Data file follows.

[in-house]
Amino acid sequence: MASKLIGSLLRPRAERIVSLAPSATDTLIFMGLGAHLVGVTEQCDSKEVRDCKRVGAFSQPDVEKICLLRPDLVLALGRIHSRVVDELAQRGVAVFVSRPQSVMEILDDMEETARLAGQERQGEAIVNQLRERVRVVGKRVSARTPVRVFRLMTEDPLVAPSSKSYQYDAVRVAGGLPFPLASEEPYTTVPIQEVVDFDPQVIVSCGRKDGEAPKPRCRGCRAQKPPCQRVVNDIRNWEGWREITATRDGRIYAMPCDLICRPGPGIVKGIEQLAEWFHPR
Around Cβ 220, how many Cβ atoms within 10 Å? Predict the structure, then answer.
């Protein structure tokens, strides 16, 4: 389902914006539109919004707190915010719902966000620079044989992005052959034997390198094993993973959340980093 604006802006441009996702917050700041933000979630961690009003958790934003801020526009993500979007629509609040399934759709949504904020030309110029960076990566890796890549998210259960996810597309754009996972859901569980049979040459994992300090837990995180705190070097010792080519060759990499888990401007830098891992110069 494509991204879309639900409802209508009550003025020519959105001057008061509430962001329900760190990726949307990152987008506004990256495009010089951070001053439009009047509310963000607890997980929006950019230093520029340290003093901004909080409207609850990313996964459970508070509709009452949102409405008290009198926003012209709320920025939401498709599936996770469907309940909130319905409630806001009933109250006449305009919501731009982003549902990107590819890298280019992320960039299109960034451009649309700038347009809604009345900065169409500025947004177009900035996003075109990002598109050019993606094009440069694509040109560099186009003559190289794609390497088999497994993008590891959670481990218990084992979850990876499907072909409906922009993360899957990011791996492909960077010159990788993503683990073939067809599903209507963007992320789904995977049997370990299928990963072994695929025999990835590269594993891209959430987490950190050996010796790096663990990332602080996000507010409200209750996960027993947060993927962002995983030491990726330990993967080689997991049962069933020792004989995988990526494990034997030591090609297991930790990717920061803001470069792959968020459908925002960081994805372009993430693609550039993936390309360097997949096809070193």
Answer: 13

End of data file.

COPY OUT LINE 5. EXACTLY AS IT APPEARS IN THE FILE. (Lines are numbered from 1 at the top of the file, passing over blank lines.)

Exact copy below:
Answer: 13